• Low-key appearance: Especially in a populated area, you don’t want to be advertising to everyone that you are running a data center. Avoid any signage that references “data center” and try to keep the exterior of the building as nondescript as possible so that it blends in with the other premises in the area.
  • Avoid windows: There shouldn’t be windows directly onto the data floor, and any glazing required should open onto common areas and offices. Use laminate glass where possible, but otherwise make sure windows are double-glazed and shatter resistant.
  • Limit entry points: Access to the building needs to be controlled. Having a single point of entry for visitors and contacts along with a loading bay for deliveries allows you to funnel all visitors through one location where they can be identified. Loading-bay access should be controlled from security or reception, ideally with the shutter motors completely powered down (so they can’t be opened manually either). Your security personnel should only open the doors when a pre-notified delivery is arriving (i.e., one where security has been informed of the time/date and the delivery is correctly labelled with any internal references). Of course all loading-bay activity should also be monitored by CCTV.
  • Anti-passback and man-traps: Tailgating (following someone through a door before it closes) is one of the main ways that an unauthorized visitor will gain access to your facility. By implementing man-traps that only allow one person through at a time, you force visitors to be identified before allowing access. And anti-passback means that if someone tailgates into a building, it’s much harder for them to leave.
  • Hinges on the inside: A common mistake when repurposing an older building is upgrading the locks on doors and windows but leaving the hinges on the outside of the building. This makes is really easy for someone to pop the pins out and just take the door off its hinges (negating the effect of that expensive lock you put on it!).
  • Plenty of cameras: CCTV cameras are a good deterrent for an opportunist and cover one of the main principles of security, which is identification (both of a security breach occurring and the perpetrator). At a minimum you should have full pan, tilt and zoom cameras on the perimeter of your building, along with fixed CCTV cameras covering building and data floor entrances/exits. All footage should be stored digitally and archived offsite, ideally in real time, so that you have a copy if the DVR is taken during a breach.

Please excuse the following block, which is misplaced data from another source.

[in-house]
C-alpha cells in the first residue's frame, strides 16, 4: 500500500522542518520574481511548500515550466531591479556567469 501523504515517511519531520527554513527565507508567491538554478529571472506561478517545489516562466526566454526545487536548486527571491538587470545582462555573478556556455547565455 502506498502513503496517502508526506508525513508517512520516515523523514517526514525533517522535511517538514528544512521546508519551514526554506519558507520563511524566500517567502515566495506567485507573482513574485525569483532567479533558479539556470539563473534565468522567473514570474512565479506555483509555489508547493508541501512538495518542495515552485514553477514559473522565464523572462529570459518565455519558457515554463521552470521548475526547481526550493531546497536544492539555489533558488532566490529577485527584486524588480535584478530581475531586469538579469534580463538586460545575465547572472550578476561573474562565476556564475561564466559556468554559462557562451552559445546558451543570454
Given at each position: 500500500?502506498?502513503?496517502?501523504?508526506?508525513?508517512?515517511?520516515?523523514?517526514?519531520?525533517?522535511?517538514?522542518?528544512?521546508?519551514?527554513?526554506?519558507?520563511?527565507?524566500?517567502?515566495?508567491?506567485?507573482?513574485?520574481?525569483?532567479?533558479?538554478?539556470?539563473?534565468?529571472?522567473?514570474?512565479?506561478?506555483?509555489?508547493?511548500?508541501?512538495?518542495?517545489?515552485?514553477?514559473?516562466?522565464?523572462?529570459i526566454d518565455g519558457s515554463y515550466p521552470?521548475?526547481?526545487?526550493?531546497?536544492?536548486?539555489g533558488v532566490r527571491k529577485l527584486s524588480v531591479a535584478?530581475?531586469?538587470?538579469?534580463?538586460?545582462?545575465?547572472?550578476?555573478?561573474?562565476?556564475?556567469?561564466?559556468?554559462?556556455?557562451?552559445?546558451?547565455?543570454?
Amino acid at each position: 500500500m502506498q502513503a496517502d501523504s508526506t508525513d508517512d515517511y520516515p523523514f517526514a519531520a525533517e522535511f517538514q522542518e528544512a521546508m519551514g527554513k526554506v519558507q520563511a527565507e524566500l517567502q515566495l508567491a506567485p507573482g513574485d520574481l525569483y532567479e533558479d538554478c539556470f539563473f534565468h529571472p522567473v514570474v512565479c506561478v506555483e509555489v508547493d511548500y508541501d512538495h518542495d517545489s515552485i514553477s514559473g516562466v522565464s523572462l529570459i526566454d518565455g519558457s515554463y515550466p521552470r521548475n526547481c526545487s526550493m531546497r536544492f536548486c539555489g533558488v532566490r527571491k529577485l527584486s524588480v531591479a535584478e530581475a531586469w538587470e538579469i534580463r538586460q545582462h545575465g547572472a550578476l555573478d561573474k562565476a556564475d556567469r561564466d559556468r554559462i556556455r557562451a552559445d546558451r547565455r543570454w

• Make fire doors exit only (and install alarms on them): Fire doors are a requirement for health and safety, but you should make sure they only open outward and have active alarms at all times. Alarms need to sound if fire doors are opened at any time and should indicate, via the alarm panel, which door has been opened; it could just be someone going out for a cigarette, but it could also be someone trying to make a quick escape or loading up a van! On the subject of alarms, all doors need to have  alarms and be set to go off if they are left open for too long, and your system should be linked to your local police force, who can respond when certain conditions are met.
  • Door control: You need granular control over which visitors can access certain parts of your facility. The easiest way to do this is through proximity access card readers (lately, biometrics have become more common) on the doors; these readers should trigger a maglock to open. This way you can specify through the access control software which doors can be opened by any individual card. It also provides an auditable log of visitors trying to access those doors (ideally tied in with CCTV footage), and by using maglocks, there are no tumblers to lock pick, or numerical keypads to copy.
  • Parking lot entry control: Access to the facility compound, usually a parking lot, needs to be strictly controlled either with gated entry that can be opened remotely by your reception/security once the driver has been identified, or with retractable bollards. The idea of this measure is to not only prevent unauthorized visitors from just driving into your parking lot and having a look around, but also to prevent anyone from coming straight into the lot with the intention of ramming the building for access. You can also make effective use of landscaping to assist with security by having your building set back from the road, and by using a winding route into the parking lot, you can limit the speed of any vehicles. And large boulders make effective barriers while also looking nice!
  • Permanent security staff: Many facilities are manned with contract staff from a security company. These personnel are suitable for the majority of situations, but if you have particularly sensitive data or equipment, you will want to consider hiring your security staff permanently. A plus and minus of contract staff is that they can be changed on short notice (e.g., illness is the main cause of this). But it creates the opportunity for someone to impersonate your contracted security to gain access. You are also at more risk by having a security guard who doesn’t know your site and probably isn’t familiar with your processes.
  • Test, test and test again: No matter how simple or complex your security system, it will be useless if you don’t test it regularly (both systems and staff) to make sure it works as expected. You need to make sure alarms are working, CCTV cameras are functioning, door controls work, staff understands how visitors are identified and, most importantly, no one has access privileges that they shouldn’t have. It is common for a disgruntled employee who has been fired to still have access to a building, or for a visitor to leave with a proximity access card that is never canceled; you need to make sure your HR and security policies cover removing access as soon as possible. It’s only by regular testing and auditing of your security systems that any gaps will be identified before someone can take advantage of them.